From the Publisher
By Mike Panozzo
Mike became editor of Billiards Digest in 1980 and liked it so much that he bought the company. He has served on the Billiard Congress of America board of directors and as president of the Billiard & Bowling Institute of America.
April: What Happens in AlpineÖ
LETíS START off with a disclaimer: I have never met John Rousseau. We communicated through e-mail last year when I was helping with preparations for the Billiard Congress of America Hall of Fame Banquet, at which one of Mr. Rousseauís close friends, Allison Fisher, was being honored. We have also spoken several times on the phone. All correspondence has been pleasant.
Why the disclaimer?
Because Rousseau, who is currently the president of the Womenís Professional Billiard Association, has found himself at the center of an emotionally charged and dreadfully timed controversy surrounding the WPBA board of directors.
Rousseau, a respected and successful executive in the receivable management, debt collection and debt-buying/selling business, was elected to the WPBA board of directors back in November 2009. Heís been a staunch supporter of the WPBA Classic Tour and its players for a number of years, holding particularly close his friendships with Allison Fisher and Jeanette Lee. Rousseau was part of a board overhaul that saw five new directors elected, including a lawyer (Mimi McAndrews), a sales and marketing executive (Tamre Rogers) and a software engineer (Tim DiMacchia). Through a series of resignations, including that of then-president Dawn Hopkins, the board shrank to four (Rousseau, Rogers, McAndrews and Belinda Calhoun), and Rousseau was elected WPBA president in January 2010.
Soon thereafter came whispers that the election was improper, although various interpretations of the process seem to prove very little. Then came allegations of a budding dictatorship.
Then came a contentious players meeting at the 2010 Classic Tour opener in Alpine, Calif. The meeting allegedly included accusations of board improprieties and a backhanded slam at a longtime tour sponsor. Details from the meeting were leaked to the press and soon found their way into cyberspace.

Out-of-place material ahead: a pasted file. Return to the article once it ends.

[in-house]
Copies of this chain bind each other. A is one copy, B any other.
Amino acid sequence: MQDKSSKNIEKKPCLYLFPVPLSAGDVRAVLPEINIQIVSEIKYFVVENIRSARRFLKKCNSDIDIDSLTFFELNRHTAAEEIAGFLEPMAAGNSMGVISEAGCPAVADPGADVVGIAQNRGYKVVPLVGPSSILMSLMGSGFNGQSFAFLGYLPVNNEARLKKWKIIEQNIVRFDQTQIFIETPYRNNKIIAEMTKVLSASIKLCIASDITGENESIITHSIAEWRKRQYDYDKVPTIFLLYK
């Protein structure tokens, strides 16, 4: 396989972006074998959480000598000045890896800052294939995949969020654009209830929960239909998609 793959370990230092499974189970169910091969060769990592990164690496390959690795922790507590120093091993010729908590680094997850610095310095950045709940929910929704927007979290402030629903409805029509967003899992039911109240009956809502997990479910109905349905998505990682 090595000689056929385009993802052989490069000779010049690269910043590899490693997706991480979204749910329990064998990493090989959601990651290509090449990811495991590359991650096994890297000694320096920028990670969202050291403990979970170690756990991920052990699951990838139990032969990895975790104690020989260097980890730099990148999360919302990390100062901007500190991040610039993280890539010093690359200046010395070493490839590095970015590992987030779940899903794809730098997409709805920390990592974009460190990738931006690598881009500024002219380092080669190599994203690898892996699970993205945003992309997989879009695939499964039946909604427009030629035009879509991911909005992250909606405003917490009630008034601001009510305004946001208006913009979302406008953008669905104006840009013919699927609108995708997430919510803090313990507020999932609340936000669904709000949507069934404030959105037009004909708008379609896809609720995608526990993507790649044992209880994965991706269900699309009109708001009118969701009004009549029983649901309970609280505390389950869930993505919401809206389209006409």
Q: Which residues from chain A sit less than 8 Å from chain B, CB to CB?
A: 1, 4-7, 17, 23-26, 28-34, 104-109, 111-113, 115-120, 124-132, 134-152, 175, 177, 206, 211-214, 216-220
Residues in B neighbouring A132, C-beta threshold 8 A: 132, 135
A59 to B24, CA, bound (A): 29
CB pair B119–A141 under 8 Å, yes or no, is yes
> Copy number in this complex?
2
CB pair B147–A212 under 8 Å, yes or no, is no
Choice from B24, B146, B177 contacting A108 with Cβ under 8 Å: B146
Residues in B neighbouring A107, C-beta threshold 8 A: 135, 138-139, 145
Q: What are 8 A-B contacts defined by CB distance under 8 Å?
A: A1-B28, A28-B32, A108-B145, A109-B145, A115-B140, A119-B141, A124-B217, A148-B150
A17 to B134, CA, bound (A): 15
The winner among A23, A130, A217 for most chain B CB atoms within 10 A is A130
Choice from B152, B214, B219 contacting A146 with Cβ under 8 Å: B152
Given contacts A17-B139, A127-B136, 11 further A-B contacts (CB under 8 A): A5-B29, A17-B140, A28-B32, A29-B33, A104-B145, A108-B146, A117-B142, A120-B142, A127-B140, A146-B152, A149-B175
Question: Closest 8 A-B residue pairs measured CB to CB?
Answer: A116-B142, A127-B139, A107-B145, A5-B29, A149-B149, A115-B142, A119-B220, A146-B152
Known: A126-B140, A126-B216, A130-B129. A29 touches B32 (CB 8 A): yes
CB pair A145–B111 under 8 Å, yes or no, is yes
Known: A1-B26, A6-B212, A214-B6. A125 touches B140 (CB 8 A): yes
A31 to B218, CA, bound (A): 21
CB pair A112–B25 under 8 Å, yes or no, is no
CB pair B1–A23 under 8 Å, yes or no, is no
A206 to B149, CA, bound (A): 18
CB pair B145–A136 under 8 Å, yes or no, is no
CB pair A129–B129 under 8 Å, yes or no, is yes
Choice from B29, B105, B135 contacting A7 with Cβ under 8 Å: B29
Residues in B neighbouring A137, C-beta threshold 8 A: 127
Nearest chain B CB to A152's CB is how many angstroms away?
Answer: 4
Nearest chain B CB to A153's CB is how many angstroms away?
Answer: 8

To me, itís all very un-WPBA-ish!
One of the WPBAís greatest attributes over the years has been its ability to deal with its problems internally. Heck, in the past I practically had to dress in drag and hang out in the practice room to find out even the most inconsequential details about board decisions. In the past few weeks Iíve had to put WPBA players and insiders on hold to tell other players and insiders Iíd call them back!
Something is wrong here.
Iíve spoken with numerous people who were at the now-famous players meeting, and with numerous people who were not but are close to the situation. What Iíve come away with at this juncture is this: rules and protocol havenít been followed, and Mr. Rousseau may not be the most diplomatic leader in WPBA history.
And at this point Iím thinking, ďReally? This is what has turned the WPBA upside down? Really?Ē
Am I the only one whoís noticed that the WPBA Classic Tour is hanging by a thread these days? Am I the only one whoís noticed that the WPBA is having a somewhat difficult time (tongue firmly planted in cheek) landing sponsors and tournament sites?
Is Rousseau, or the new board for that matter, the cause of those problems? I donít think so. Numerous changes over the past few years (the economy and several less-than-shrewd decisions by previous WPBA boards) have put the Classic Tour in its current position Ö which is a ďtourĒ in the loosest sense of the word ó a grand total of two events slated for 2010.
Is this board the answer? Donít know. Hopefully we wonít have to wait six months or so discussing protocol and board seats before we find out.
Hereís the deal, ladies. You need to play the hand youíve been dealt. You elected these people. Let the board decide who does what. And remember, these people are volunteers! Who wants to volunteer their time and business expertise to a group thatís going to snipe at every decision? If Rousseau isnít the person you want negotiating your sponsorship deals, convince the board to assign the task to someone else.
Then move on, because as I see it, WPBA, you should focus all of your energy from this point forward on one thing: Your hours on ESPN. Why? When you get down to it, your ESPN contract is all that separates you from the mire that has become the menís pro tour.
You just signed a new three-year deal with ESPN, right? How many hours a year are you on the hook for? Twenty-four? Twenty-five? And how many hours did you tape in San Diego? Three.
Now, Iím no math major, but my calculations indicate that you have one more event scheduled for 2010, and more than 20 hours of obligation to the World Wide Leader. What are you planning on doing, taping practice sessions at the U.S. Open in July?
The WPBA is in existence because of its contract with ESPN. It has succeeded where many sports (including menís pool) have failed because of its ESPN contract. Lose that contract because you canít fill the hours and I can absolutely guarantee you that you will never see another ESPN contract.
Ladies (and Mr. Rousseau), put the ďAvalanche in AlpineĒ behind you as quickly as possible and start working on the one thing that should be driving you for the remainder of this yearÖ